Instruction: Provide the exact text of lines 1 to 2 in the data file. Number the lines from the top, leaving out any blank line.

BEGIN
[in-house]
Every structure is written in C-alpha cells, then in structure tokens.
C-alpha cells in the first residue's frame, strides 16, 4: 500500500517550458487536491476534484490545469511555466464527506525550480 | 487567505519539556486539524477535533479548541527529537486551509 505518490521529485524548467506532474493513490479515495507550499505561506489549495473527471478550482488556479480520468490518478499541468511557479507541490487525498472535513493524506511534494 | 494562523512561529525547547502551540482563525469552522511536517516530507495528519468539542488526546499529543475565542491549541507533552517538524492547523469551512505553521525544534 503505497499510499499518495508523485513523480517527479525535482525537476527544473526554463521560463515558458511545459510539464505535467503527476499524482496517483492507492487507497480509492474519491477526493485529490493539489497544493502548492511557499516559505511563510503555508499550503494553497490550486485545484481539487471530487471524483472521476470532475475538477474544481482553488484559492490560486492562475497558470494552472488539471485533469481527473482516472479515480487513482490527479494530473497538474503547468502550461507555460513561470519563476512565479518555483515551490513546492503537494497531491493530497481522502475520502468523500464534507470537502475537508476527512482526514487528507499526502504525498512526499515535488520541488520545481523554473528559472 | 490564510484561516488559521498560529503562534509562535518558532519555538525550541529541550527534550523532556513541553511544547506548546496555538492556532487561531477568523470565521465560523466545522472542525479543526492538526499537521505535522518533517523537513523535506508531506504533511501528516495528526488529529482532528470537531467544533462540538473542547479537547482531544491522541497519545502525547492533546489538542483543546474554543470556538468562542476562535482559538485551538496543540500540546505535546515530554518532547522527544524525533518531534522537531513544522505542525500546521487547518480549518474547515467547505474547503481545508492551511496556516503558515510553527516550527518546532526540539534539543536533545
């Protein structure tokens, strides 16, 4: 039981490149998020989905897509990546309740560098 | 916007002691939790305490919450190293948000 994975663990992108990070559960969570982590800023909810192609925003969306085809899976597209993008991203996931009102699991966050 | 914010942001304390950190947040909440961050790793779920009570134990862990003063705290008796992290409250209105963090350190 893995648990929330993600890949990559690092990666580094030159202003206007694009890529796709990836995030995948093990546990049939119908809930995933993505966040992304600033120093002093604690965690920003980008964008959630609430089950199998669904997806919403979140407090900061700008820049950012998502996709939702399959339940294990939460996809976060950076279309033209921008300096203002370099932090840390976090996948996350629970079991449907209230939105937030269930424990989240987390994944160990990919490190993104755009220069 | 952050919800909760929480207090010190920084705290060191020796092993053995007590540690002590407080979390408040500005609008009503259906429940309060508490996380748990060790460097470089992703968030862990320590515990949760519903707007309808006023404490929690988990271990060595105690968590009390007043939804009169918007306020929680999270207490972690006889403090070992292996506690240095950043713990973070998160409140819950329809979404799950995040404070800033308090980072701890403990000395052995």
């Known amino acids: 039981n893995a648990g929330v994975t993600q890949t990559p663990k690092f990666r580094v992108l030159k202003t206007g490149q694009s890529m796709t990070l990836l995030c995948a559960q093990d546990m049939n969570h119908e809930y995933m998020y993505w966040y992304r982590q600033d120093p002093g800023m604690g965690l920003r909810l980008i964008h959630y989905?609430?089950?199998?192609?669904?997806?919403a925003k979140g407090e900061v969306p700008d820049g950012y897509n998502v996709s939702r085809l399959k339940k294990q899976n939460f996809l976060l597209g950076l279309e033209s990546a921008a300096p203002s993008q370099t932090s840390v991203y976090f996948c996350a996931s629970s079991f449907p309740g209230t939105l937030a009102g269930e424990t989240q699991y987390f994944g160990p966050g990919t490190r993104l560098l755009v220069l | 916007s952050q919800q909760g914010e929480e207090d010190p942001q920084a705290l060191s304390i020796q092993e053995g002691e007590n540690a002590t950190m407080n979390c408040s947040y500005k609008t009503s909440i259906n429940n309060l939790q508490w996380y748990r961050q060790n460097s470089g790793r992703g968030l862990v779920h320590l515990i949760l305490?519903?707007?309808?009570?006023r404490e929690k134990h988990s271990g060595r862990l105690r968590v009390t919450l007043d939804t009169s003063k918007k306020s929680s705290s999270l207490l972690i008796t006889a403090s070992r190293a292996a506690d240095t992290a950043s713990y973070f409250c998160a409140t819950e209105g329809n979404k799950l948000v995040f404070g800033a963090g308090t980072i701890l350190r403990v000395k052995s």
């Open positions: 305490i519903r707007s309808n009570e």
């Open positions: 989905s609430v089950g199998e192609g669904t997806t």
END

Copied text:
[in-house]
Every structure is written in C-alpha cells, then in structure tokens.